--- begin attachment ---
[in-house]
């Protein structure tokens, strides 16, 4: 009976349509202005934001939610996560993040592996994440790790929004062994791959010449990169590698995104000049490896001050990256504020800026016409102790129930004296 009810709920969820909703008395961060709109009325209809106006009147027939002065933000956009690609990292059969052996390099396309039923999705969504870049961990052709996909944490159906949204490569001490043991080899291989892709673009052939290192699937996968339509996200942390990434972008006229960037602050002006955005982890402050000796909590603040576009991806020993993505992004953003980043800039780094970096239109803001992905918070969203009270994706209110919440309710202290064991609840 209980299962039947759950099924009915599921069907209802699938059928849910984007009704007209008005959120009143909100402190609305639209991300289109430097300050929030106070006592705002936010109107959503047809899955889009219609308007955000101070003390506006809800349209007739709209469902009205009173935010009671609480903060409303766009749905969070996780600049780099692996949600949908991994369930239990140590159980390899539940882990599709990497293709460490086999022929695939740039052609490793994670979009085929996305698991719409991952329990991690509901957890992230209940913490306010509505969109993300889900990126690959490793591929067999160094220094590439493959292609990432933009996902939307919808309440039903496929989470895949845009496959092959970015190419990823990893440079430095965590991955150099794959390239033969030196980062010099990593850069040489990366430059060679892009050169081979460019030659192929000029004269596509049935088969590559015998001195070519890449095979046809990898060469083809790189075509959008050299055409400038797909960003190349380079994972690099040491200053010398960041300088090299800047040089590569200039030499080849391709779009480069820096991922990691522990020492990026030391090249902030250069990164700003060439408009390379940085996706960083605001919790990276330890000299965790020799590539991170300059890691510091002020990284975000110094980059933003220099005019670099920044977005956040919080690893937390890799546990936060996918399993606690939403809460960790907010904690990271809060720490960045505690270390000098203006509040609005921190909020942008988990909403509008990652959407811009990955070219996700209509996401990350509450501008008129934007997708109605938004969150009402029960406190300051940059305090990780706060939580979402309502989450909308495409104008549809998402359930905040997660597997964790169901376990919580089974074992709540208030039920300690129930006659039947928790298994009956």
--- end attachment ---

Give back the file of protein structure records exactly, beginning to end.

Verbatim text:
[in-house]
């Protein structure tokens, strides 16, 4: 009976349509202005934001939610996560993040592996994440790790929004062994791959010449990169590698995104000049490896001050990256504020800026016409102790129930004296 009810709920969820909703008395961060709109009325209809106006009147027939002065933000956009690609990292059969052996390099396309039923999705969504870049961990052709996909944490159906949204490569001490043991080899291989892709673009052939290192699937996968339509996200942390990434972008006229960037602050002006955005982890402050000796909590603040576009991806020993993505992004953003980043800039780094970096239109803001992905918070969203009270994706209110919440309710202290064991609840 209980299962039947759950099924009915599921069907209802699938059928849910984007009704007209008005959120009143909100402190609305639209991300289109430097300050929030106070006592705002936010109107959503047809899955889009219609308007955000101070003390506006809800349209007739709209469902009205009173935010009671609480903060409303766009749905969070996780600049780099692996949600949908991994369930239990140590159980390899539940882990599709990497293709460490086999022929695939740039052609490793994670979009085929996305698991719409991952329990991690509901957890992230209940913490306010509505969109993300889900990126690959490793591929067999160094220094590439493959292609990432933009996902939307919808309440039903496929989470895949845009496959092959970015190419990823990893440079430095965590991955150099794959390239033969030196980062010099990593850069040489990366430059060679892009050169081979460019030659192929000029004269596509049935088969590559015998001195070519890449095979046809990898060469083809790189075509959008050299055409400038797909960003190349380079994972690099040491200053010398960041300088090299800047040089590569200039030499080849391709779009480069820096991922990691522990020492990026030391090249902030250069990164700003060439408009390379940085996706960083605001919790990276330890000299965790020799590539991170300059890691510091002020990284975000110094980059933003220099005019670099920044977005956040919080690893937390890799546990936060996918399993606690939403809460960790907010904690990271809060720490960045505690270390000098203006509040609005921190909020942008988990909403509008990652959407811009990955070219996700209509996401990350509450501008008129934007997708109605938004969150009402029960406190300051940059305090990780706060939580979402309502989450909308495409104008549809998402359930905040997660597997964790169901376990919580089974074992709540208030039920300690129930006659039947928790298994009956």